PUP trades artistry for angst on ‘This Place Sucks Ass’

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Grade: 2.0/5.0

Last year, Toronto band PUP released Morbid Stuff. An angry and energetic album, the LP flows with tight guitars and crashing drums, driven by lead singer Stefan Babcock’s melodic shouts and frustrated delivery. Last week, the band released This Place Sucks Ass, a new EP that seems to draw from the discards of the same playbook.

The aesthetic of Morbid Stuff is still here. This Place Sucks Ass cauterizes wounds of regret and loss with furious guitars in a manner practically identical to that of the band’s 2019 record. The musicality of PUP’s previous work, however, is drained from this new EP, as though attacked by a vampire of hate.

Where the negativity of Morbid Stuff feels introspective and flawed in a very human way, the driving emotion of This Place Sucks Ass is a pointless, “everything sucks” nihilism. It is rage directed inward, such as on “Rot,” a grinding self-flagellation. Its guitars resist melody whenever possible, and its vocals reject harmony in any form. The song, like many on the album, is markedly well-mixed, filling out the acoustic space it occupies with ease but offering little in the way of artistic intrigue or real self-reflection.

It’s the rally of a band that has run out of ideas, that has made a name for itself as loud and aggressive. PUP has hit a brick wall, and, instead of trying to figure out a way past it, it seems content continuing to bash its head against the stone to try and break through. Funnily enough, the band seems aware of this abject failure to invent or adapt new styles, but this only feeds into the same stale bitterness.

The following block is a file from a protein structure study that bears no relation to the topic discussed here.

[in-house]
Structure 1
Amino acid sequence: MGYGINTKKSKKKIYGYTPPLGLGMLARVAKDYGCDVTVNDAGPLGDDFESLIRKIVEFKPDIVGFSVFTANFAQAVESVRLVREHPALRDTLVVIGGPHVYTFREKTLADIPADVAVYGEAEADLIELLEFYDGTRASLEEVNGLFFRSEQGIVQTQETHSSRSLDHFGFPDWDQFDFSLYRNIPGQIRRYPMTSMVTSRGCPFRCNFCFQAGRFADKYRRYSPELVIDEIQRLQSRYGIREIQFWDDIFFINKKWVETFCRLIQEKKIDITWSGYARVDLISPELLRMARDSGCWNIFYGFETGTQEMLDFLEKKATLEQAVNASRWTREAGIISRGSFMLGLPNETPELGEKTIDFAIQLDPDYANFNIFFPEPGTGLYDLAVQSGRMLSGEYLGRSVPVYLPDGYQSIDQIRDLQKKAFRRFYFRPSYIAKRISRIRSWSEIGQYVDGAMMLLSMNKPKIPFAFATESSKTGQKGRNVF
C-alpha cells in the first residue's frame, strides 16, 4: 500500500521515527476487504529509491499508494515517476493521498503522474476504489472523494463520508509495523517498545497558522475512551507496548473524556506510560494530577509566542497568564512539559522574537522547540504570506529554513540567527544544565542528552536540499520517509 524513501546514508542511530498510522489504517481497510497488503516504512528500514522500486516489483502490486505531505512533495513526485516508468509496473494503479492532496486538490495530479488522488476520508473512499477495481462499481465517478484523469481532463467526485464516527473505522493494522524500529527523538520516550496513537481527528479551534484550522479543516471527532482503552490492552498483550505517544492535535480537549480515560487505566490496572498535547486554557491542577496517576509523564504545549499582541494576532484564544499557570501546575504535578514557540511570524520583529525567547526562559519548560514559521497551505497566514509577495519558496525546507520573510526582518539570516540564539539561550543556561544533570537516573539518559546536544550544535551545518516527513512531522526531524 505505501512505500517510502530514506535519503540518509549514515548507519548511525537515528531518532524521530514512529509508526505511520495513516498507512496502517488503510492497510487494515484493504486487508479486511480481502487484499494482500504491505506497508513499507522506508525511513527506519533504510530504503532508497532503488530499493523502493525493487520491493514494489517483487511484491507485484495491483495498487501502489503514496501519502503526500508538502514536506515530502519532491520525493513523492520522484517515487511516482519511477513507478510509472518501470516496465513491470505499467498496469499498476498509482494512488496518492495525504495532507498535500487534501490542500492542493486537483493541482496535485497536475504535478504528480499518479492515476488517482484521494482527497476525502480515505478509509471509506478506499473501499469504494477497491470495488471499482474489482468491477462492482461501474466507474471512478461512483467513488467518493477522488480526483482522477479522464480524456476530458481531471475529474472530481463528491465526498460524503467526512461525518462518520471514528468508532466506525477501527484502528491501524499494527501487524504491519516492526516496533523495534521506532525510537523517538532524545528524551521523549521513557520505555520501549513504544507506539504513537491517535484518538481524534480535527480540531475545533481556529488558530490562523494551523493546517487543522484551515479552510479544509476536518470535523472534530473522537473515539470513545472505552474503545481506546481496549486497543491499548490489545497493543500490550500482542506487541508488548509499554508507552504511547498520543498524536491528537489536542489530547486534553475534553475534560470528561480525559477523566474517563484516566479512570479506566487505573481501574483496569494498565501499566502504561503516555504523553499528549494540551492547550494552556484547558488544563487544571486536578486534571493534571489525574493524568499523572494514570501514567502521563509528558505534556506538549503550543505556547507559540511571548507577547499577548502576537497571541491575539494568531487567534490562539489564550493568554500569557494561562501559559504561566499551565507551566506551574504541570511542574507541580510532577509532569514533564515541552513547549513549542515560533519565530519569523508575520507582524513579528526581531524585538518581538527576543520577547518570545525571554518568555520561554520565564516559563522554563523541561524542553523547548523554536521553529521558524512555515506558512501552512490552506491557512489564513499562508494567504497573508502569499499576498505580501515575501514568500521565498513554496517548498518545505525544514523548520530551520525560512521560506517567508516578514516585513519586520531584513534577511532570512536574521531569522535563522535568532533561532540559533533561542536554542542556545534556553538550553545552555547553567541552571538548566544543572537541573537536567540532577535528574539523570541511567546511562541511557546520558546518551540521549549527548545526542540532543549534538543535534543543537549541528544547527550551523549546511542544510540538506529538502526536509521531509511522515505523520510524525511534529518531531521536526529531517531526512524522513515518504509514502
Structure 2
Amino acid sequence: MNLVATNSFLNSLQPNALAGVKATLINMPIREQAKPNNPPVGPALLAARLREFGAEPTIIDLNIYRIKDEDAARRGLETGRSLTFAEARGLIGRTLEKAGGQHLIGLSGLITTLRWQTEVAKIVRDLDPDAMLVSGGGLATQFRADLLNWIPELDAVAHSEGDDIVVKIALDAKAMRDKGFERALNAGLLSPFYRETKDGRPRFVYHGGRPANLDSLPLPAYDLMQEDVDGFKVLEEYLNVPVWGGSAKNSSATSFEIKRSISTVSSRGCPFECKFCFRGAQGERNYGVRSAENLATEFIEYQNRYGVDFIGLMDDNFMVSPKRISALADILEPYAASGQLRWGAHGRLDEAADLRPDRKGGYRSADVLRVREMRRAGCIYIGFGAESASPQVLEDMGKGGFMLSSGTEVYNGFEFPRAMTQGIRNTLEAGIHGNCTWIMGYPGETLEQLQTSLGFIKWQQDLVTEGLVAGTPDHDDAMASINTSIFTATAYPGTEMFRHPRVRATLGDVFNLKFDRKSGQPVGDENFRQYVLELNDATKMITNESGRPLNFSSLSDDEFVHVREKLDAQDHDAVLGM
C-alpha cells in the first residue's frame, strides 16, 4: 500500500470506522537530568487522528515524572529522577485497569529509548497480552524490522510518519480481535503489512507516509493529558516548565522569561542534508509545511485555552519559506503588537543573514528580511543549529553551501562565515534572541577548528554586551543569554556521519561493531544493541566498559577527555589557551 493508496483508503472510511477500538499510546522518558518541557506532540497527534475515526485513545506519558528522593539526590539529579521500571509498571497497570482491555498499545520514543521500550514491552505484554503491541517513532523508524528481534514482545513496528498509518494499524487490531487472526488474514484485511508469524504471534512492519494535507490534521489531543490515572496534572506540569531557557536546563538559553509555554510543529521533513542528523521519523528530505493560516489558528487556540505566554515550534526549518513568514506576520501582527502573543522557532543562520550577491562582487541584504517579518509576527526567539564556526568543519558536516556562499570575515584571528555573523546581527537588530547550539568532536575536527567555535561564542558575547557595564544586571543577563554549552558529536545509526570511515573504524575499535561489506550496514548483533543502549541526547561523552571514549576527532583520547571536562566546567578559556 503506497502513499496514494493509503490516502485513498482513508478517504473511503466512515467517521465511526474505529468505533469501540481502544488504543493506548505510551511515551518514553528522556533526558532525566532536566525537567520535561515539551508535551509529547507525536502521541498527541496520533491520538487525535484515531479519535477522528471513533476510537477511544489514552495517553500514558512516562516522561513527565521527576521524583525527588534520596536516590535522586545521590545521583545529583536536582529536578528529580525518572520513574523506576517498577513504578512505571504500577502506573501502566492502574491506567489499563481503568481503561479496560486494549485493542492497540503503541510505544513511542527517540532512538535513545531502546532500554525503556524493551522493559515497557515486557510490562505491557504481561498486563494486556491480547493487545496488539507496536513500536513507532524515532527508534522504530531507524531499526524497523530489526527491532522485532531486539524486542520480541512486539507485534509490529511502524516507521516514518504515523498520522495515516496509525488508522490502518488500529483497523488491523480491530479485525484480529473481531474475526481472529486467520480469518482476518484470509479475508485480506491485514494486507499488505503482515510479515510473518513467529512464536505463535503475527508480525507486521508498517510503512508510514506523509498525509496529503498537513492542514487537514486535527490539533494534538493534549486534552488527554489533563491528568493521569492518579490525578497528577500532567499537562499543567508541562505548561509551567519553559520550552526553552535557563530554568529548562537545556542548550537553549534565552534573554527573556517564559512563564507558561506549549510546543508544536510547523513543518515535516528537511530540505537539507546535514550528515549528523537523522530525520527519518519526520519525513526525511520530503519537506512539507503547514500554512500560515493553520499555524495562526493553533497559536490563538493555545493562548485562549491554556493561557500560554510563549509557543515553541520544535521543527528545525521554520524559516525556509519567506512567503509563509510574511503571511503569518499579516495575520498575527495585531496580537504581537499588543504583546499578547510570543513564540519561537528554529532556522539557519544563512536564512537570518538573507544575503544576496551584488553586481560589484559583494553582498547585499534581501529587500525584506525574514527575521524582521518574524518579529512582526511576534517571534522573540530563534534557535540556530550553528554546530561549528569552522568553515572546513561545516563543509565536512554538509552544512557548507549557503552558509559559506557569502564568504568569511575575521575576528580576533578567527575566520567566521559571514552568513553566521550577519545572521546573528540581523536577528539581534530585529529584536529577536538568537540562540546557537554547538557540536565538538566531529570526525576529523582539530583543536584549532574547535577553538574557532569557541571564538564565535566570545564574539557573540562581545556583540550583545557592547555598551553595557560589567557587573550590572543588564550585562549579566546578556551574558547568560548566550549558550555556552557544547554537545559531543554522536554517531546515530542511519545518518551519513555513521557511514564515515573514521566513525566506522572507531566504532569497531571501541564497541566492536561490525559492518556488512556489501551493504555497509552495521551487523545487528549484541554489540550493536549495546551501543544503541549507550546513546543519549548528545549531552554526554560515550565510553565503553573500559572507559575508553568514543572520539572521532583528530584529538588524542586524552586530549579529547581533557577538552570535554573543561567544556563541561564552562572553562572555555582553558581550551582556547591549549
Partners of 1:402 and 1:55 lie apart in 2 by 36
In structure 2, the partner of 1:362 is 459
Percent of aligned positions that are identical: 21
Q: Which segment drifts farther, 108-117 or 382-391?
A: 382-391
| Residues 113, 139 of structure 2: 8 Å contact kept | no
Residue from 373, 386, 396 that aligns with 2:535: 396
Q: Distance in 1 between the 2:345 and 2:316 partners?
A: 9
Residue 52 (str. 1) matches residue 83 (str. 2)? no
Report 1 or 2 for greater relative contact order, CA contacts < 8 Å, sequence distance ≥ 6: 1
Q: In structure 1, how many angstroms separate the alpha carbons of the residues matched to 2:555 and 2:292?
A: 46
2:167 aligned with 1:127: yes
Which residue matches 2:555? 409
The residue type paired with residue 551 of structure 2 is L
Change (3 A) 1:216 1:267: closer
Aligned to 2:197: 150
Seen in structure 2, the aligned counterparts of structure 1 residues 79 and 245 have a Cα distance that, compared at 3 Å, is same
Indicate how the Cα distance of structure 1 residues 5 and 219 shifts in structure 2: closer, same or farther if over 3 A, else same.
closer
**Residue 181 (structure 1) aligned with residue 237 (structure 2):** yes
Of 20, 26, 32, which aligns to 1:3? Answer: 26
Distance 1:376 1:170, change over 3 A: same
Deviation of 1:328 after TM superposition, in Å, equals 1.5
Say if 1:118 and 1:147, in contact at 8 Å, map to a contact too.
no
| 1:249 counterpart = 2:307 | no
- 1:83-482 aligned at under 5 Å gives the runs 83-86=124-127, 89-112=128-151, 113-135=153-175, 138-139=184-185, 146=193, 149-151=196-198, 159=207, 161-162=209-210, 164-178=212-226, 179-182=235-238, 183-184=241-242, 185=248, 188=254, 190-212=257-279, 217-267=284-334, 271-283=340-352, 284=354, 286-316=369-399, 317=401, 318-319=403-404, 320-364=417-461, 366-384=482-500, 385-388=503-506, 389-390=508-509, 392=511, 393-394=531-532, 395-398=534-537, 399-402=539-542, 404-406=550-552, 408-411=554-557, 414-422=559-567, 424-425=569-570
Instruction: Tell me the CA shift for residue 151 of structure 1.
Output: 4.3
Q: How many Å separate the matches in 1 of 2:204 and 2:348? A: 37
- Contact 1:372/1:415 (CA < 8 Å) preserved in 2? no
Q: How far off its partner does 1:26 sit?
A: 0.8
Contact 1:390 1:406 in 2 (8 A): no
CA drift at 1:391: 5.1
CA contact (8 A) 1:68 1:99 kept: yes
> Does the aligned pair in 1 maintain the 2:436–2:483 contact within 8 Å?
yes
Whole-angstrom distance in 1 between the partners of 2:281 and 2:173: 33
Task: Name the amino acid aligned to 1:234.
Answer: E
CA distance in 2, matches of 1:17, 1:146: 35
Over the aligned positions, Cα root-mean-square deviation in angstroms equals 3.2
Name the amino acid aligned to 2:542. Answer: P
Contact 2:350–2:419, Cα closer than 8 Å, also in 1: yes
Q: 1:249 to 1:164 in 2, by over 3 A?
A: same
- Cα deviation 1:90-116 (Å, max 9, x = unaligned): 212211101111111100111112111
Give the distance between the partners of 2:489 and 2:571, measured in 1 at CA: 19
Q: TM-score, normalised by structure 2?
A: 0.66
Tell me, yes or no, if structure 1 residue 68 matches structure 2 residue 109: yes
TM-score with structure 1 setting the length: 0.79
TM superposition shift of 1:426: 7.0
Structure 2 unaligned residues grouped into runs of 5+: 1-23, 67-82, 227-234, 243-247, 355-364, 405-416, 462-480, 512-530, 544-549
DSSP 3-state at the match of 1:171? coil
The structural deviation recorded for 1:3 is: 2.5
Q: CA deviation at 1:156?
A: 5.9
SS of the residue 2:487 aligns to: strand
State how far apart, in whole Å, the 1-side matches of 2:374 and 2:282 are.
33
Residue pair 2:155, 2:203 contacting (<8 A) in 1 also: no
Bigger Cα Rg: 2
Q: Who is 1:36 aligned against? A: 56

None of the songs are annoying. None are even really that bad, even if they do have their eye-rolling or grating moments. The problem This Place Sucks Ass has is that it’s not really an album in its own right. These songs should have been appended to a deluxe edition of Morbid Stuff, where their similarities to PUP’s last batch of songs would be commendable rather than conventional.

However, these six songs certainly would have been the worst on Morbid Stuff, so it’s not terribly surprising that they were put aside until the band needed to release something new. “Floodgates” is the closest This Place Sucks Ass comes to replicating the sentimental frustration of Morbid Stuff, but everything it does well is done better by another PUP song. There are no real standout tracks on This Place Sucks Ass, just an amalgam of old ideas and uninteresting wrath.

“Nothing Changes” least resembles the band’s earlier work. It still falls well within the sound the group has built for itself, but punchy drum breaks and a key change let the song adopt a sort of stadium rock vibe, similar to some of the cheap, swelling highs of pop punk bands of decades past.

Closing the album out on “Edmonton” instead of “Nothing Changes” is a bizarre choice. While decidedly basic, at least the latter feels like a real closer. “Edmonton,” on the other hand, is a short filler track that belongs as the least remarkable song on an otherwise palpable album. Instead, it is the least remarkable song on an uninteresting and pointlessly angry EP.

This pointless anger calls into question whether or not there is a point to anger in the first place. On previous releases, PUP’s argument seemed to be that, while rage comes with its own problems, it has a cleansing and cathartic nature to it, one that can be converted into positive mental energy with the right efforts. What This Place Sucks Ass does is provide a prime example of negative emotions that are negative simply for their own sake. The music of This Place Sucks Ass is not just sonically unimaginative, but also philosophically regressive and devoid of any real meaning. So it goes when a band forms an EP from the dregs of a better album.

Crew Bittner covers music. Contact him at [email protected]. Tweet him at @weakandrewwk.